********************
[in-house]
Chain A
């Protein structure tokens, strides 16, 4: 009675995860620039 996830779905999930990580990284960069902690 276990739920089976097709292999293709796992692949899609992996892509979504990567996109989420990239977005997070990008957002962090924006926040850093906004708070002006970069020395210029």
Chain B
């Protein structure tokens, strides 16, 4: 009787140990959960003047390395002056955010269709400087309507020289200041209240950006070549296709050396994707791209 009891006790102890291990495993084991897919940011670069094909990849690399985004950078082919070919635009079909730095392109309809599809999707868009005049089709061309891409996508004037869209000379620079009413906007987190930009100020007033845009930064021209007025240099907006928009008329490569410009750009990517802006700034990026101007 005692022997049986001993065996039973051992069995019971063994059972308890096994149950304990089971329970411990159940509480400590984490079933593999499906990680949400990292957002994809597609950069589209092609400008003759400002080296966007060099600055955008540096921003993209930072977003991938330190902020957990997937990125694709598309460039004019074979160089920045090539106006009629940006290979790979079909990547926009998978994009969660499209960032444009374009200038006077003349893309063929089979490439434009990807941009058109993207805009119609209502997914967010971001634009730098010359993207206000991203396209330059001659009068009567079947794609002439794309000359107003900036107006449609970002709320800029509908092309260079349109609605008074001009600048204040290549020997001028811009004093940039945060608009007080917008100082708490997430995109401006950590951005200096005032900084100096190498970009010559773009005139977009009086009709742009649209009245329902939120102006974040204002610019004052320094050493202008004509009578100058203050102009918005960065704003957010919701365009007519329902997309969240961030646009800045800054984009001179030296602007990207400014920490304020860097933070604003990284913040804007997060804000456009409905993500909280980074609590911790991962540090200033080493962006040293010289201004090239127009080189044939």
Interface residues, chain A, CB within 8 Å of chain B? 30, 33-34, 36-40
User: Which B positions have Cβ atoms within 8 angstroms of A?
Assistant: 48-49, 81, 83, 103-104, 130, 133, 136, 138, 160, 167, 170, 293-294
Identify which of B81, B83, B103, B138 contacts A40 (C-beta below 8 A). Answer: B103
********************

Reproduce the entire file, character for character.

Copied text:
[in-house]
Chain A
């Protein structure tokens, strides 16, 4: 009675995860620039 996830779905999930990580990284960069902690 276990739920089976097709292999293709796992692949899609992996892509979504990567996109989420990239977005997070990008957002962090924006926040850093906004708070002006970069020395210029």
Chain B
């Protein structure tokens, strides 16, 4: 009787140990959960003047390395002056955010269709400087309507020289200041209240950006070549296709050396994707791209 009891006790102890291990495993084991897919940011670069094909990849690399985004950078082919070919635009079909730095392109309809599809999707868009005049089709061309891409996508004037869209000379620079009413906007987190930009100020007033845009930064021209007025240099907006928009008329490569410009750009990517802006700034990026101007 005692022997049986001993065996039973051992069995019971063994059972308890096994149950304990089971329970411990159940509480400590984490079933593999499906990680949400990292957002994809597609950069589209092609400008003759400002080296966007060099600055955008540096921003993209930072977003991938330190902020957990997937990125694709598309460039004019074979160089920045090539106006009629940006290979790979079909990547926009998978994009969660499209960032444009374009200038006077003349893309063929089979490439434009990807941009058109993207805009119609209502997914967010971001634009730098010359993207206000991203396209330059001659009068009567079947794609002439794309000359107003900036107006449609970002709320800029509908092309260079349109609605008074001009600048204040290549020997001028811009004093940039945060608009007080917008100082708490997430995109401006950590951005200096005032900084100096190498970009010559773009005139977009009086009709742009649209009245329902939120102006974040204002610019004052320094050493202008004509009578100058203050102009918005960065704003957010919701365009007519329902997309969240961030646009800045800054984009001179030296602007990207400014920490304020860097933070604003990284913040804007997060804000456009409905993500909280980074609590911790991962540090200033080493962006040293010289201004090239127009080189044939």
Interface residues, chain A, CB within 8 Å of chain B? 30, 33-34, 36-40
User: Which B positions have Cβ atoms within 8 angstroms of A?
Assistant: 48-49, 81, 83, 103-104, 130, 133, 136, 138, 160, 167, 170, 293-294
Identify which of B81, B83, B103, B138 contacts A40 (C-beta below 8 A). Answer: B103